Starting when I was pregnant with my first, I was on the search for the Right Way to Parent. There had to be one, right? We've all seen those kids who grow up in seemingly perfect good homes and they turn out pretty darn good. When I saw those kids grow into adulthood and not waiver from their faith, I would think, "Those people have the secret formula! I want to know what it is too.”

So I did what I usually do--I read about it. If there’s a book on parenting, I’ve probably read it.
And every time I would read a book I would think, "THIS! This is it! This is the way to get Good Children Who Turn Out to Be Good Adults Who Love the Lord."

And while all of those books have great ideas and I have gained something from all of them, good or bad, I still was relying on The Right Way to Parent mentality. To be honest, the older my children get, the more sin shows up in their life AND MINE and I feel like I’m losing control some days and I get anxious and then I would stress out and talk to my husband and decide I was a bad mom so I would.... read another book.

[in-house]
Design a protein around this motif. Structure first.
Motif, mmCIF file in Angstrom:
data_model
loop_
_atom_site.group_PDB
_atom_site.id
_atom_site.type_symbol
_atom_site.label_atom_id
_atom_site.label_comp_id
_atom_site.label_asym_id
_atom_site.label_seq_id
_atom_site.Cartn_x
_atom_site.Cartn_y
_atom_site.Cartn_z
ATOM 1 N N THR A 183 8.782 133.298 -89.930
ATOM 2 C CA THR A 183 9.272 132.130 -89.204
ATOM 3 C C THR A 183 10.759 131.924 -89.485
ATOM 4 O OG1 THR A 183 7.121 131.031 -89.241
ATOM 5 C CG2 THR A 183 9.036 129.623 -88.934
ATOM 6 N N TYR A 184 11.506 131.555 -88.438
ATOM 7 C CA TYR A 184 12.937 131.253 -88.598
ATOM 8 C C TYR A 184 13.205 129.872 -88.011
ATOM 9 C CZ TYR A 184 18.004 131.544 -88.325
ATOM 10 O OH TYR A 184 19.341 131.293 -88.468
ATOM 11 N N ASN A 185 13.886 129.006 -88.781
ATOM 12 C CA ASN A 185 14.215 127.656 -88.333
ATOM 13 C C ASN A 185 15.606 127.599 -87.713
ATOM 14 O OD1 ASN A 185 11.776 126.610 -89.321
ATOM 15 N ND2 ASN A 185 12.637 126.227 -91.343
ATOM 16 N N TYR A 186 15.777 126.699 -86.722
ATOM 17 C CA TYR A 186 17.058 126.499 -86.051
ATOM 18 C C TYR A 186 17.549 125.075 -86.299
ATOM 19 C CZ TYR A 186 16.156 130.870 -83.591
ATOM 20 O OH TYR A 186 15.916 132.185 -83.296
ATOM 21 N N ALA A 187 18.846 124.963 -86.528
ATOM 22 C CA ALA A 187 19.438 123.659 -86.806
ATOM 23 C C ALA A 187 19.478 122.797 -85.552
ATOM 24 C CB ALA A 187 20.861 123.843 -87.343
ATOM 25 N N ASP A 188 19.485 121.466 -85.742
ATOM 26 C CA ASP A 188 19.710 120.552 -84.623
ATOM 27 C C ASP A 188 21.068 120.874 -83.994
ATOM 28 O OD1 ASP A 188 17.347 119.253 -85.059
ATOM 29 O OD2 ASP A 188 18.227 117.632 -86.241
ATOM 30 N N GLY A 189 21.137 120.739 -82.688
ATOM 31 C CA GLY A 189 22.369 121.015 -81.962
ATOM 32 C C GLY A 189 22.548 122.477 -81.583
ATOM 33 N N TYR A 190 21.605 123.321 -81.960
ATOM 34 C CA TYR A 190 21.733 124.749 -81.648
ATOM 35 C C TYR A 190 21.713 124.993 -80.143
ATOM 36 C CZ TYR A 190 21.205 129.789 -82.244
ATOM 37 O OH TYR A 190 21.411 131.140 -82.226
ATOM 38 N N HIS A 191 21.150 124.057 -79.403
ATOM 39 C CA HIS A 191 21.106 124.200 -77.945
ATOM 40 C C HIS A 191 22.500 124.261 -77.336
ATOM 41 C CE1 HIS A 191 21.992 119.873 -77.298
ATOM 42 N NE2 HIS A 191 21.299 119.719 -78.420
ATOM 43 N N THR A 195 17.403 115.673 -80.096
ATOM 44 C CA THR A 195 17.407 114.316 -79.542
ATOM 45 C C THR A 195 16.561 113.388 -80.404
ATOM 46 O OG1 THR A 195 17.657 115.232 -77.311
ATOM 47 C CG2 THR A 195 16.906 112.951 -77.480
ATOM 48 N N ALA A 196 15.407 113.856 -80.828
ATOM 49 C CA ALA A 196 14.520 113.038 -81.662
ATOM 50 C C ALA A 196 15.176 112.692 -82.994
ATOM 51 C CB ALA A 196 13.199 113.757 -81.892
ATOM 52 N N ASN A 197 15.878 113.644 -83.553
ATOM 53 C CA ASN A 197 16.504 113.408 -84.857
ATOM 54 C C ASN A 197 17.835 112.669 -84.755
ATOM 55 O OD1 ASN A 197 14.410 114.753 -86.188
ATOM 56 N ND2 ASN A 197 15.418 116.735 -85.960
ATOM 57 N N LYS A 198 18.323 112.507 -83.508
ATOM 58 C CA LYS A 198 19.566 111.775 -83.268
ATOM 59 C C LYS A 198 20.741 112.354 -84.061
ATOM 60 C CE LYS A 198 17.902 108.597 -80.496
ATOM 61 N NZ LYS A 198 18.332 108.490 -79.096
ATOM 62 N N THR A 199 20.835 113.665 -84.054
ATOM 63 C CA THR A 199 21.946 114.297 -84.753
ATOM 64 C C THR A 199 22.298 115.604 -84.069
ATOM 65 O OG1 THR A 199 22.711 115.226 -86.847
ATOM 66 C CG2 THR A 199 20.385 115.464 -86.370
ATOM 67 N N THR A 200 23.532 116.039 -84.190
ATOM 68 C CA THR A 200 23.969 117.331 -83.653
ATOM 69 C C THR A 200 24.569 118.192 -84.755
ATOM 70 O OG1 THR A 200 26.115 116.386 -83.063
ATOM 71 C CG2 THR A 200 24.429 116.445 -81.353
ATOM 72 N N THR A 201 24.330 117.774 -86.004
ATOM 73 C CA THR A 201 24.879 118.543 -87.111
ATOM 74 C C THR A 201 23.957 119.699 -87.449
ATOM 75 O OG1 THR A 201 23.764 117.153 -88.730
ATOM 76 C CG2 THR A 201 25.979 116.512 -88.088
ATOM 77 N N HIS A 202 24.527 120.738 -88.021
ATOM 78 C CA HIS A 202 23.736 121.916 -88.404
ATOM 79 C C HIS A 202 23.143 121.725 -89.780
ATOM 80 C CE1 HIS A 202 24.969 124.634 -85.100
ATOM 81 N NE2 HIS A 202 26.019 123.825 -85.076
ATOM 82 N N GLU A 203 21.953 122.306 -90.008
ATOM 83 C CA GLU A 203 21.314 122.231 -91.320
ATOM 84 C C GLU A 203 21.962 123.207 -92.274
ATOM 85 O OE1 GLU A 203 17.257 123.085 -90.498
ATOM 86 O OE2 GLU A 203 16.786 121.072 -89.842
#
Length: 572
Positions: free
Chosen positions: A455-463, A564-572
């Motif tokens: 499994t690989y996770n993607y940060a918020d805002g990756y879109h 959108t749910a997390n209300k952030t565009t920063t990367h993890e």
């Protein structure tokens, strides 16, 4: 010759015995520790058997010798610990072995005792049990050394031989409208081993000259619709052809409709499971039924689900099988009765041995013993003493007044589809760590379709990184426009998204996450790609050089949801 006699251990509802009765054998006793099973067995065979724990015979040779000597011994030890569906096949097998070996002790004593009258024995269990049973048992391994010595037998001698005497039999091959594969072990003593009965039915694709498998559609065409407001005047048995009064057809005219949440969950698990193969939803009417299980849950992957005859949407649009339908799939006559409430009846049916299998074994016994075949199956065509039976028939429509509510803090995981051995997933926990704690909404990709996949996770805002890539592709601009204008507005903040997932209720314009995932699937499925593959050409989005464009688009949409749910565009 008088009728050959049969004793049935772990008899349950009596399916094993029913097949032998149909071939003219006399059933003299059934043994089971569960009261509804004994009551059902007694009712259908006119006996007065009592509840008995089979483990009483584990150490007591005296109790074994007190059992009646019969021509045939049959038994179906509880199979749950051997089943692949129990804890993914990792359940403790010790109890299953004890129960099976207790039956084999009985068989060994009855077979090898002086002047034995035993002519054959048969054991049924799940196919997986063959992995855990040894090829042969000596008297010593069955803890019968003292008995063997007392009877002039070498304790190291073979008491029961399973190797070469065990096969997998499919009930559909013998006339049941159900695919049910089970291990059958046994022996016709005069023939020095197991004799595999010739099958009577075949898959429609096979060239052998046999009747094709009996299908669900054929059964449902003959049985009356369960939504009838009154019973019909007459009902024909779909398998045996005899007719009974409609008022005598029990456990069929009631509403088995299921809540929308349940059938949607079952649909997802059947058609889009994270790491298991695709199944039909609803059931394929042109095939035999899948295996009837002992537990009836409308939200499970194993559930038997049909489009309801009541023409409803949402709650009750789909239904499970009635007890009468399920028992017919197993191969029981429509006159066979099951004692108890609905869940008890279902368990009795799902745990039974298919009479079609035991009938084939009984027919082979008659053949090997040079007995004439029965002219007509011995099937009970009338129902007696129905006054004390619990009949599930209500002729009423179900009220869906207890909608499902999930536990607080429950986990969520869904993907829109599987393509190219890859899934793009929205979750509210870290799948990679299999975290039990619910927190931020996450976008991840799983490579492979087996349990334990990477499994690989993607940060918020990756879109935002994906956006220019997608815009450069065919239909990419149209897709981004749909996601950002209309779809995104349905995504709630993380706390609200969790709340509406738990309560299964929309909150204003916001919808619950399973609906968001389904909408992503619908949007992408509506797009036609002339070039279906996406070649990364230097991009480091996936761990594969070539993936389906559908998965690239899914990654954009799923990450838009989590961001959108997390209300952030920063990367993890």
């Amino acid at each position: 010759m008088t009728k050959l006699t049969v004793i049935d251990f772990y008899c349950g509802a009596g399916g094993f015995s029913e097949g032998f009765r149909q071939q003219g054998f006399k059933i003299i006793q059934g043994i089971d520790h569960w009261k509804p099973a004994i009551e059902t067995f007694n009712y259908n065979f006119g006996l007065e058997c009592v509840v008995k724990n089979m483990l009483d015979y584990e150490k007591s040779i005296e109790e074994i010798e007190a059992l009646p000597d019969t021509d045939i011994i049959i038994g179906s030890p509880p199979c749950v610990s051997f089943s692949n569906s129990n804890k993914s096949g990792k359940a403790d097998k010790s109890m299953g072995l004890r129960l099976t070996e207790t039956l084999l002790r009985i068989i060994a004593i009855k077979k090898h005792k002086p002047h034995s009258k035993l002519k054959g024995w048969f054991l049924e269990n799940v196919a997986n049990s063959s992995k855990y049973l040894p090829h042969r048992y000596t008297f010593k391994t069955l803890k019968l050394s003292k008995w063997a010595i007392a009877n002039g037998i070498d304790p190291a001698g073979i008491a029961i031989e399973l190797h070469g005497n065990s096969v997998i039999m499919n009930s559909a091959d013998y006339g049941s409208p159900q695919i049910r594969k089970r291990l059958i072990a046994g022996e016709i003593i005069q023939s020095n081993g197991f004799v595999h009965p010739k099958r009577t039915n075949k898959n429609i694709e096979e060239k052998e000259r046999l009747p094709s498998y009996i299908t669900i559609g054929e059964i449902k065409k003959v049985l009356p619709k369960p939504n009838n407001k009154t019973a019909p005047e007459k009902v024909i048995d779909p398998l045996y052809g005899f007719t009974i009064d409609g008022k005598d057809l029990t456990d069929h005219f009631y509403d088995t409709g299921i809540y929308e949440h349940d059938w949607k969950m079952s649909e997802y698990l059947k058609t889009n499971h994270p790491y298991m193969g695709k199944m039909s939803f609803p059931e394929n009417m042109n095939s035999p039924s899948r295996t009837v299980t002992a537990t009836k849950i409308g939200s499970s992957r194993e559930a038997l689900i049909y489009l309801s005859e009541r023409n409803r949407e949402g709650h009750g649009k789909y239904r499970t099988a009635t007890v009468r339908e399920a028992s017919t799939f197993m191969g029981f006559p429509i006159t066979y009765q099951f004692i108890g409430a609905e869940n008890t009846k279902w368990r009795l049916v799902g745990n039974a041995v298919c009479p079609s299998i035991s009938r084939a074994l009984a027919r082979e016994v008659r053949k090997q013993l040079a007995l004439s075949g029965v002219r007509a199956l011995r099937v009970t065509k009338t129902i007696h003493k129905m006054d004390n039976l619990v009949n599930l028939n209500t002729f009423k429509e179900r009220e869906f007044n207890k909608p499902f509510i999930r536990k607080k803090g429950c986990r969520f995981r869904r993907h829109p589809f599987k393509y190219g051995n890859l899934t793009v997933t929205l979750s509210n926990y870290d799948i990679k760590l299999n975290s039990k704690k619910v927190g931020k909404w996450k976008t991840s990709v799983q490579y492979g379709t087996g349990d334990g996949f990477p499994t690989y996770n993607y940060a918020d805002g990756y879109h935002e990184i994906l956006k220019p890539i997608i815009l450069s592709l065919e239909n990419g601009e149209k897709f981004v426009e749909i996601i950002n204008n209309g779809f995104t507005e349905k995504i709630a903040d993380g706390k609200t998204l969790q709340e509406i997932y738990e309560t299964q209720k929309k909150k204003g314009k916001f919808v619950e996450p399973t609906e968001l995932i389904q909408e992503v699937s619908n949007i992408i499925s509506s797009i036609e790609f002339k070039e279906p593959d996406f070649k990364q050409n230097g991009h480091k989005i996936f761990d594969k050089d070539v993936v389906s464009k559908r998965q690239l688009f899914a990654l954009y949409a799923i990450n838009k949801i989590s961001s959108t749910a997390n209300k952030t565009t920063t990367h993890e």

There HAD to be a Right Way!

Well, it turns out there is a Right Way, or Right Person, however, and He was there all along. I’m talking about the Holy Spirit.

I'm realizing that instead of relying on Twelve Steps to Better Kids, I need to rely on God. Is that painfully obvious or what? I'm a slow-learner, I know.

Practically speaking, that means several things for me: I (try to remember to) pray every morning for wisdom. Wisdom to train each child in the way he or she should go (Prov. ). Then I continue to pray throughout the day--for wisdom for each situation. Because each situation is different and each child is different. There isn’t One Size Fits All training. I’ve tried it and it just doesn’t work.
Another thing that has really helped me is figuring out what my goals are as a parent. This was suggested to me by my wonderful husband one evening as I was lamenting to him how horrible a mom I was. He point blank asked me, "What are your goals as a parent? Do you want to raise kids that are perfectly obedient no matter what the cost? Even at the cost of your relationship?"